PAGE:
Everyone knows someone who has or has died of cancer. There are so many different kinds of cancer, and so many potential causes, that it’s easy to get overwhelmed. When you consider the recent estimation that within the next forty years one in two men and one in three women will contract cancer, it’s even easier to throw up your hands and give in to the mysterious and terrifying threat that cancer poses.

Why bother reading the ingredients on every cleaning product in the house, why bother worrying about paint fumes, and preservatives and cell phones when new causes of cancer are being discovered every day? Even if you quit your job and moved to the woods you’d have to be careful not to bring DDT-containing bugspray and paraben-filled sunblock.

Dr. T. Colin Campbell, a foremost authority on the study of disease, has conducted over two decades of peer-reviewed research into the cause and prevention of cancer. His conclusion is simple: while a chemical may initiate the production of cancer, the damage will not spread as long as a person eats a plant-based diet, and avoids animal protein.

In his book The China Study, Dr. Campbell makes the point that, when it comes to cancer causing chemicals, the public is easily alarmed by scientific results that are not very significant. He gives the example of a study that found a 5%-10% higher incidence of cancer in rats fed astronomically high doses of NSAR, a chemical used to preserve meat. The study caused a huge public outcry and the industry was forced to cut down on its use of nitrite, the precursor to NSAR.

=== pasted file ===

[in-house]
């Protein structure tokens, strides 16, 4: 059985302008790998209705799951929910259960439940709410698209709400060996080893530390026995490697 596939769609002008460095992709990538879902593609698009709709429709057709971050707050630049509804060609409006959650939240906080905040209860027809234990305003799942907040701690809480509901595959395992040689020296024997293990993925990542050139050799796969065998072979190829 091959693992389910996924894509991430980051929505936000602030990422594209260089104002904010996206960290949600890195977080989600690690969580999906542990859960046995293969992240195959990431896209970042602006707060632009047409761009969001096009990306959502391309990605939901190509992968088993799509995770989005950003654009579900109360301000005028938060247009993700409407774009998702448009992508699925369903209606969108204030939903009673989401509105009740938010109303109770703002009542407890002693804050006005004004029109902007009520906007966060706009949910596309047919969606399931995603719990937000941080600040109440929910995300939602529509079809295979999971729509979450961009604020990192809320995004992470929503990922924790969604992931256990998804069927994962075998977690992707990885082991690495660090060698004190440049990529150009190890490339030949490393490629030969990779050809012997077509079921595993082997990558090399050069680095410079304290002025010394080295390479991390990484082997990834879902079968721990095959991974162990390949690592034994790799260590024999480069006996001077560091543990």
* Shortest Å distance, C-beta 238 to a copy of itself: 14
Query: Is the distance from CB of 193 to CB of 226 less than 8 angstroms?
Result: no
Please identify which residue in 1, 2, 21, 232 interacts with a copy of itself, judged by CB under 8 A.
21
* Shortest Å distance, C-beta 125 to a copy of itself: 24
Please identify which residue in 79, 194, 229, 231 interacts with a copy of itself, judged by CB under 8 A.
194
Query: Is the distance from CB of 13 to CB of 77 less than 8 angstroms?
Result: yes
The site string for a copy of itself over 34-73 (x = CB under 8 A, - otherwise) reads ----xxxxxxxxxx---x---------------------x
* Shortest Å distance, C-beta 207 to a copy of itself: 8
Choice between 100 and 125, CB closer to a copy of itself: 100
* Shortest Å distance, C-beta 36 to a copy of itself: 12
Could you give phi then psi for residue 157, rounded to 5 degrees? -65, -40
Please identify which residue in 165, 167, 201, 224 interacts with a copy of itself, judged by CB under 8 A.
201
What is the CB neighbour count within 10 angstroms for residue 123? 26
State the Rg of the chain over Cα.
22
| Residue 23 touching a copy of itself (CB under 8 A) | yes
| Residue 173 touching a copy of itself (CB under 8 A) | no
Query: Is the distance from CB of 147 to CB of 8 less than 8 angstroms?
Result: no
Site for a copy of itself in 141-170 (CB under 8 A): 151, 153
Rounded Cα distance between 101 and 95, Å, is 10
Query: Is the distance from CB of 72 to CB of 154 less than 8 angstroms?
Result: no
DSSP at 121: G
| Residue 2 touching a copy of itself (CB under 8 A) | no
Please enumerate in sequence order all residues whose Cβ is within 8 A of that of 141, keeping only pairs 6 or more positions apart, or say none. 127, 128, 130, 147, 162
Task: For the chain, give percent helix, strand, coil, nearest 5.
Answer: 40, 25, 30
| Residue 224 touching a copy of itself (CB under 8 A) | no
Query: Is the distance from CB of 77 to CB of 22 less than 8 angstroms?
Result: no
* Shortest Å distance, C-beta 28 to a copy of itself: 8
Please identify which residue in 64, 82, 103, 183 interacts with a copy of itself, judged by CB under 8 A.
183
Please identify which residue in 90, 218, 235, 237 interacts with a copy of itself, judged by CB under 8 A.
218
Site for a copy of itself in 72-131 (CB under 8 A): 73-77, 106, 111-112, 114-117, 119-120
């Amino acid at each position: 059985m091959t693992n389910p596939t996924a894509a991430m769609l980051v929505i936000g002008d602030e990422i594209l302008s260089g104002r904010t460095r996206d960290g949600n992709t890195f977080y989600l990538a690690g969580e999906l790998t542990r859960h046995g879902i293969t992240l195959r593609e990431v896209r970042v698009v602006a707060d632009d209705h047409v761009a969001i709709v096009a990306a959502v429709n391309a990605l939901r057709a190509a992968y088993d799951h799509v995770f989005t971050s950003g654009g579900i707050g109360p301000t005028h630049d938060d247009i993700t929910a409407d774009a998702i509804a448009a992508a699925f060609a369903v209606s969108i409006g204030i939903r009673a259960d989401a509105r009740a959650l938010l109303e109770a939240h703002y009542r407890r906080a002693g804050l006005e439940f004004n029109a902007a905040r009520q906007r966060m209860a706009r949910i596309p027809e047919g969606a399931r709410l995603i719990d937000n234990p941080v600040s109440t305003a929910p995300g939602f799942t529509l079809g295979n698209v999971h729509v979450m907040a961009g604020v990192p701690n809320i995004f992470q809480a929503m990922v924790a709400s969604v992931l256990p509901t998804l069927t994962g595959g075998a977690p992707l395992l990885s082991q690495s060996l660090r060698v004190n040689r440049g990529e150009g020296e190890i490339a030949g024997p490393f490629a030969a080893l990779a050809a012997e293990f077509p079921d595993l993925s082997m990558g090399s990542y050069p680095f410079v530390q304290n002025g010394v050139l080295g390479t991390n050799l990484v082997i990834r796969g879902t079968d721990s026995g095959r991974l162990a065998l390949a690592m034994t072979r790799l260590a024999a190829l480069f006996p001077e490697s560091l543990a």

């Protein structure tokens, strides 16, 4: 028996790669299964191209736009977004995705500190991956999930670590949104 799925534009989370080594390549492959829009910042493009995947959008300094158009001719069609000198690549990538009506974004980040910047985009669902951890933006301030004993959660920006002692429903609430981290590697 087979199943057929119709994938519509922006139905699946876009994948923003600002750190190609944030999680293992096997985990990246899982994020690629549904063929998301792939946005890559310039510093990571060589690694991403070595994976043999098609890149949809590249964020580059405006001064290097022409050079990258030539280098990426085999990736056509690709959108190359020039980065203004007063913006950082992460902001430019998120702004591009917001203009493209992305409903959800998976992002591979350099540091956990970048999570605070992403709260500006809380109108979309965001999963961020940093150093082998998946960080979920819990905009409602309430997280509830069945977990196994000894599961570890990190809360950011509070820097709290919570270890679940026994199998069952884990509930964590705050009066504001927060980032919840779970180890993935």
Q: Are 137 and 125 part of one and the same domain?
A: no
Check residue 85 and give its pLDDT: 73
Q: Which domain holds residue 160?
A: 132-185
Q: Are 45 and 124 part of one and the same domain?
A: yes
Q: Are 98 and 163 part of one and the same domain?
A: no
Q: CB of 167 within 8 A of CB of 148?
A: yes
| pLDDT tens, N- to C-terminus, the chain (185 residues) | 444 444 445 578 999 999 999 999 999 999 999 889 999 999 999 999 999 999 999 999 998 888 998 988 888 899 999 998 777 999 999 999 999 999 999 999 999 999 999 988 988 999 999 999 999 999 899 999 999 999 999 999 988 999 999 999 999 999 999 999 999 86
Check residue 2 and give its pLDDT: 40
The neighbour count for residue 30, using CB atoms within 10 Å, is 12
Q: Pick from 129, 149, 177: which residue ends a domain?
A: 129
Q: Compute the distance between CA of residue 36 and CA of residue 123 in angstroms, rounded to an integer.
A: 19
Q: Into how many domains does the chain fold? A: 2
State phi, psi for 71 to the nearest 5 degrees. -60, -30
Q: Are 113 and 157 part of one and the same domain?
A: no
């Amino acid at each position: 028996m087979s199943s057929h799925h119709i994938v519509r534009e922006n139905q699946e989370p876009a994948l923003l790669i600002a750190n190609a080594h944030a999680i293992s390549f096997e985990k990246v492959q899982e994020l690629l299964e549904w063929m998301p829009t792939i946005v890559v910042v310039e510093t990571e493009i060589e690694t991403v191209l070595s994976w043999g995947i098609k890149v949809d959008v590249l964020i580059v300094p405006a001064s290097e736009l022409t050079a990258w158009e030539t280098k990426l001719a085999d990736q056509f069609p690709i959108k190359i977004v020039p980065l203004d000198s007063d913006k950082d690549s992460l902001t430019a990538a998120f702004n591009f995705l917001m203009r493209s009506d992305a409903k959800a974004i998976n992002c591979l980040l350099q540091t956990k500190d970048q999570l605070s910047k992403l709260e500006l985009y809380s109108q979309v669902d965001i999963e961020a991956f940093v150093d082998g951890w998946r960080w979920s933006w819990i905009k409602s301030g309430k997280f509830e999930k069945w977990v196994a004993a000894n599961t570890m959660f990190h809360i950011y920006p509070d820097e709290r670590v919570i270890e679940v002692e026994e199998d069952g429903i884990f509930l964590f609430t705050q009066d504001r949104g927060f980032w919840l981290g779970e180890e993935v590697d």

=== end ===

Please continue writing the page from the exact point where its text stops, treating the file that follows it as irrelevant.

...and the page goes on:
Dr. Campbell asks, “but what if researchers produced considerably more impressive scientific results that were far more substantial? What if there was a chemical that experimentally turned on cancer in 100% of the test animals and its relative absence limited cancer to 0% of the animals? Furthermore, what if this chemical were capable of acting in this way at routine levels of intake and not the extraordinary levels used in the NSAR experiments? Finding such a chemical would be the holy grail of cancer research.” (1)

Early on in his career, Dr. Campbell came across a study that suggested that animal protein fits this description of a chemical that promotes cancer in 100% of cases, at regular levels of intake. At the time, he was studying aflatoxin, a highly ranked carcinogen that occurs naturally in moldy peanuts. While reviewing the literature on the subject, Dr. Campbell read a study from India which found that among two groups of rats fed the same high dose of aflatoxin, every single member of the group which was fed a 20% animal protein diet contracted liver cancer, while every single member of the group which was fed a 5% animal protein diet did not contract cancer. (2)

He was suspicious of the results at first. In fact, a senior scientist scoffed at the study and said they must have mixed up the groups. All the work of nutritionists at the time was focused on finding ways to increase the availability of protein, and especially animal protein, in malnourished populations. Animal protein was considered necessary for human health, and Dr. Campbell and his colleagues believed that they were doing good work by finding ways to maximize the production of meat.